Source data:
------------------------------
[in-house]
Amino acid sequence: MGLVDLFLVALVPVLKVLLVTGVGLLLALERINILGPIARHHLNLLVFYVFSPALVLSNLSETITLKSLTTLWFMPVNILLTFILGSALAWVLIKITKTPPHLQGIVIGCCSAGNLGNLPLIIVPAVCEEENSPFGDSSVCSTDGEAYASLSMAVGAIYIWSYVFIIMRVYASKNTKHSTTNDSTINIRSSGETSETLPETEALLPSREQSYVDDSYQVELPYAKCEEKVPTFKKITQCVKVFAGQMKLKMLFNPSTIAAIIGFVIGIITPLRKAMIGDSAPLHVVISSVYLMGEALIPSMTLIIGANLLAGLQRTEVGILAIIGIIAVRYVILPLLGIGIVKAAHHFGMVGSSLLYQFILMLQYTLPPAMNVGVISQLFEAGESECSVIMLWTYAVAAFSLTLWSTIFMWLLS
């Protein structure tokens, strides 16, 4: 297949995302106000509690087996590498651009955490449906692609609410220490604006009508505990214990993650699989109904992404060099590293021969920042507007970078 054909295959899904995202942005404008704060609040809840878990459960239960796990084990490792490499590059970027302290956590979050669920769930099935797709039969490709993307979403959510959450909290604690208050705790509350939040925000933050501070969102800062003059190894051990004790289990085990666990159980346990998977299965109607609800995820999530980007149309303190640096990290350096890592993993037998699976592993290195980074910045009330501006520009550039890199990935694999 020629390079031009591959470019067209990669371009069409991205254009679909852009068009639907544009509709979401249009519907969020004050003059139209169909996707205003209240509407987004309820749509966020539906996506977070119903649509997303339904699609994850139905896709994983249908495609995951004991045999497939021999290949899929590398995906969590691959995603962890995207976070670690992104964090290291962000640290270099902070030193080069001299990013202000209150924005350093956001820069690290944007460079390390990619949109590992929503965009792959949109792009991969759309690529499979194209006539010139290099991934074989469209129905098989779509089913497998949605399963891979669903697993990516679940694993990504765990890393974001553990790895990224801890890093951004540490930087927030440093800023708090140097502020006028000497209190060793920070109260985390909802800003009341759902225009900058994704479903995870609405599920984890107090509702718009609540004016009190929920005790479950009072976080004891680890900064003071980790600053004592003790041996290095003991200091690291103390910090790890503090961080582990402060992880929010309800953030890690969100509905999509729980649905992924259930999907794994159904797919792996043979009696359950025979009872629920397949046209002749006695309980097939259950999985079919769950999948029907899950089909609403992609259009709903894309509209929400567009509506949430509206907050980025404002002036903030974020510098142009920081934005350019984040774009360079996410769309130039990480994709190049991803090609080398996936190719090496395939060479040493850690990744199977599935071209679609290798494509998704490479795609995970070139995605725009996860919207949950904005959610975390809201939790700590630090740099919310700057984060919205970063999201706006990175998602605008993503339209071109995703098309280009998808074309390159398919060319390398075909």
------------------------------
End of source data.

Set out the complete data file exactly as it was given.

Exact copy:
[in-house]
Amino acid sequence: MGLVDLFLVALVPVLKVLLVTGVGLLLALERINILGPIARHHLNLLVFYVFSPALVLSNLSETITLKSLTTLWFMPVNILLTFILGSALAWVLIKITKTPPHLQGIVIGCCSAGNLGNLPLIIVPAVCEEENSPFGDSSVCSTDGEAYASLSMAVGAIYIWSYVFIIMRVYASKNTKHSTTNDSTINIRSSGETSETLPETEALLPSREQSYVDDSYQVELPYAKCEEKVPTFKKITQCVKVFAGQMKLKMLFNPSTIAAIIGFVIGIITPLRKAMIGDSAPLHVVISSVYLMGEALIPSMTLIIGANLLAGLQRTEVGILAIIGIIAVRYVILPLLGIGIVKAAHHFGMVGSSLLYQFILMLQYTLPPAMNVGVISQLFEAGESECSVIMLWTYAVAAFSLTLWSTIFMWLLS
């Protein structure tokens, strides 16, 4: 297949995302106000509690087996590498651009955490449906692609609410220490604006009508505990214990993650699989109904992404060099590293021969920042507007970078 054909295959899904995202942005404008704060609040809840878990459960239960796990084990490792490499590059970027302290956590979050669920769930099935797709039969490709993307979403959510959450909290604690208050705790509350939040925000933050501070969102800062003059190894051990004790289990085990666990159980346990998977299965109607609800995820999530980007149309303190640096990290350096890592993993037998699976592993290195980074910045009330501006520009550039890199990935694999 020629390079031009591959470019067209990669371009069409991205254009679909852009068009639907544009509709979401249009519907969020004050003059139209169909996707205003209240509407987004309820749509966020539906996506977070119903649509997303339904699609994850139905896709994983249908495609995951004991045999497939021999290949899929590398995906969590691959995603962890995207976070670690992104964090290291962000640290270099902070030193080069001299990013202000209150924005350093956001820069690290944007460079390390990619949109590992929503965009792959949109792009991969759309690529499979194209006539010139290099991934074989469209129905098989779509089913497998949605399963891979669903697993990516679940694993990504765990890393974001553990790895990224801890890093951004540490930087927030440093800023708090140097502020006028000497209190060793920070109260985390909802800003009341759902225009900058994704479903995870609405599920984890107090509702718009609540004016009190929920005790479950009072976080004891680890900064003071980790600053004592003790041996290095003991200091690291103390910090790890503090961080582990402060992880929010309800953030890690969100509905999509729980649905992924259930999907794994159904797919792996043979009696359950025979009872629920397949046209002749006695309980097939259950999985079919769950999948029907899950089909609403992609259009709903894309509209929400567009509506949430509206907050980025404002002036903030974020510098142009920081934005350019984040774009360079996410769309130039990480994709190049991803090609080398996936190719090496395939060479040493850690990744199977599935071209679609290798494509998704490479795609995970070139995605725009996860919207949950904005959610975390809201939790700590630090740099919310700057984060919205970063999201706006990175998602605008993503339209071109995703098309280009998808074309390159398919060319390398075909």